I have a bad habit of speaking in absolutes. What can I say? I am a zealot in more ways than one, hence why I must confess in the only manner I know i.e. extra, that Diana is breathtakingly beautiful. 

Located in the North East of Iraq, this small traditional city boasts some of the most scenic areas, I dare say, in the Middle East. 

So scenic and mesmerising, Diana, that the task of taking out my camera, focusing and adjusting apertures just to prove my absolutism, proved too arduous and sacrificial a task. 

Capturing this region's beauty at every turn would have denied me the experience, which I know I will never have the privilege of again in my life. 

Forgive me; I could not oblige you. 

Moses Country

On my way to Diana from Erbil, I had glimpsed clues of its majesty. And before I went out to explore further, I explained to my sister in Barbados, how gorgeous Iraq was. 

Like me, I am sure that maybe she had had a preconceived notion of this place. 

Still, she acted unaffected by my descriptions, instead affirming the history and folklore of the region. 

"I forget that you in Moses country," she said in Bajan dialect while wolfing down her breakfast. 

And suddenly it clicked. 

On my way to Diana, much of the scenic range was dominated by mountainous ranges with distinct ridges of water marks from thousands of years ago. 

Unconsciously, I was referencing biblical stories of Noah and the Ark and the Great Flood that killed off humanity. 

These mountainous ranges were so massive that it was hard not to imagine them as once beds of a great ocean as the water marks certainly give more credence to the idea of a place that was once a rich water resource. 


Diana greeted me with a maze of hairpin twists and turns down into a valley lined by beautiful streams and one amazing waterfall.

Spellbound is not the word. And again, I am sorry that I was so entranced that I could not take photos. As my body leaned left and right and then left again with every turn of the car, I was not prepared for the waterfall to appear quite unexpectedly after a colossal cliff face. 

"There are waterfalls in Iraq?" I thought to myself as I stared with an opened mouth.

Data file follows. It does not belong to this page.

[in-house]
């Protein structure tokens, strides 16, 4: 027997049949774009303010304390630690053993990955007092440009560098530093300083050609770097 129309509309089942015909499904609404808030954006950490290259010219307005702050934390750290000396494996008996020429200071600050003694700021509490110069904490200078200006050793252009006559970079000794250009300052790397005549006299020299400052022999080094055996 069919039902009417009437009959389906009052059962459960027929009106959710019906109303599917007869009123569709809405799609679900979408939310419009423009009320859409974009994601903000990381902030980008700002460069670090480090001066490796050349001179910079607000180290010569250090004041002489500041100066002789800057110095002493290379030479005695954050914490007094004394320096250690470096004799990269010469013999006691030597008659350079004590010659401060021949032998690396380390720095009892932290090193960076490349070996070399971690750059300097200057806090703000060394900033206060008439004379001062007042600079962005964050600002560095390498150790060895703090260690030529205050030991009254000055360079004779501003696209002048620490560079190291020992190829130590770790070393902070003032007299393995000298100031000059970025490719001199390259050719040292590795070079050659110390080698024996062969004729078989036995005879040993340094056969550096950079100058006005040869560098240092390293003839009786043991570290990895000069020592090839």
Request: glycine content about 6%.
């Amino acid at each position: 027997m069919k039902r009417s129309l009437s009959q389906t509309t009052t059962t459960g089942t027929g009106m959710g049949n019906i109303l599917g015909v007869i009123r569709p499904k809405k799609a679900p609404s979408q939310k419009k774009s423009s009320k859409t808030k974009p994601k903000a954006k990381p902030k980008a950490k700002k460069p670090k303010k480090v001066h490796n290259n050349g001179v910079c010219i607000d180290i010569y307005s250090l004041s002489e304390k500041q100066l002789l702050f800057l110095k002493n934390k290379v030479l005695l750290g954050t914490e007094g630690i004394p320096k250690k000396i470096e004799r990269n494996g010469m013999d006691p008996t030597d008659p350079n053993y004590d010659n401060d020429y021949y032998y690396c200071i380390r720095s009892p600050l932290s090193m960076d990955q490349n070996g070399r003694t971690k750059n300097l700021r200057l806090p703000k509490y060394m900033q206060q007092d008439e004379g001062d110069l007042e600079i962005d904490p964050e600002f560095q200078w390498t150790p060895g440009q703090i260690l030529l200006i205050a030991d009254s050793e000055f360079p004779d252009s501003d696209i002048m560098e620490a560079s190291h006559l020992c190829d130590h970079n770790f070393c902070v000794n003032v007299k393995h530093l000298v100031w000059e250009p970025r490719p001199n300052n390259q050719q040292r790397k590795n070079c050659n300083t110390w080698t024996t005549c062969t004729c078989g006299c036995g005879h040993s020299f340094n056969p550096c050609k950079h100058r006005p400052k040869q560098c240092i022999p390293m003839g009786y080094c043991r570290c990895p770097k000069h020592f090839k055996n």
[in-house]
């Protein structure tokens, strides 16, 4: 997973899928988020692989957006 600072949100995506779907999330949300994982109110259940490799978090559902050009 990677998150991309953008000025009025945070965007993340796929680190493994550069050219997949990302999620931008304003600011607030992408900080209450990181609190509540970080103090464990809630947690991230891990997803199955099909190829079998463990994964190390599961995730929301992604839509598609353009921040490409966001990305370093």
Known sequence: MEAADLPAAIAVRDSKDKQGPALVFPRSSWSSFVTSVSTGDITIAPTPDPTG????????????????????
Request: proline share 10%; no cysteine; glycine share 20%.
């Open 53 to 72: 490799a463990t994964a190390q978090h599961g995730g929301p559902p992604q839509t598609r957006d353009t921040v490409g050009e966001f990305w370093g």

I remember an Iraqi friend in Turkey telling me about the beauty of the Northern Iraq region. He had mentioned that the idea of Iraq as a water scarce region was just as much a fallacy as any of the stereotypes associated with this Middle Eastern region. 

One such stereotype that I was forced to challenge in Diana was Iraq as an Islamic country.


Before leaving for my trip, I had obviously done my research on Diana and had surprisingly found out that the very name of this city had its origins in Christianity. Diana is the Kurdish word for Christian and so, was often associated for thousands of years as a place with a strong Christian community.

This Christian community still exists today, as I later learned. 

Regardless of the religious affiliation or lack there of, the scenery of Diana challenges your  belief system in a Higher Being. 

The peace that you experience as you try to wrap your mind around the largesse of the place is soul deep.

after glow

I started my trek around Diana in the afternoon. The falling sunset gave a beautiful vintage brown glow to the majestic backdrop.

A solid 10 minute drive uphill from the city center to Korek mountain almost reminded me of the Grand Canyon, which I had flown over many times en route to Las Vegas. 

Even though there were similarities attributed to the rocky mountains, it was still different. Diana had mountain ridge after mountain ridge with cliff faces and deep ravines, traced by crystal clear streams. Despite the streams and rivers there was not much greenery and that was because the mountain ranges were skyscraper high. 

You certainly felt the size of insignificance as you looked at this scenery. 

Given the watermarked time stamps displayed on the mountain ridges, it was impossible for me not to think about life here hundreds if not thousands of years ago, where Assyrian, Islamic, Semitic and Babylonian cultures clashed. 

Ever so often, lodged in a cliff face of a mountain ridge you would spot the mouth of a cave. 

"Could there be treasure in there?" I pondered. 

"Or buried texts of antiquity unlocking many of life's mysteries?"

These were questions that I wish that I could answer myself. But the likelihood of me going hiking through this region was slim given my athletic inability to even get over highway bumper rail. 

Probably a blessing because imagination in the case is far better than finding truth.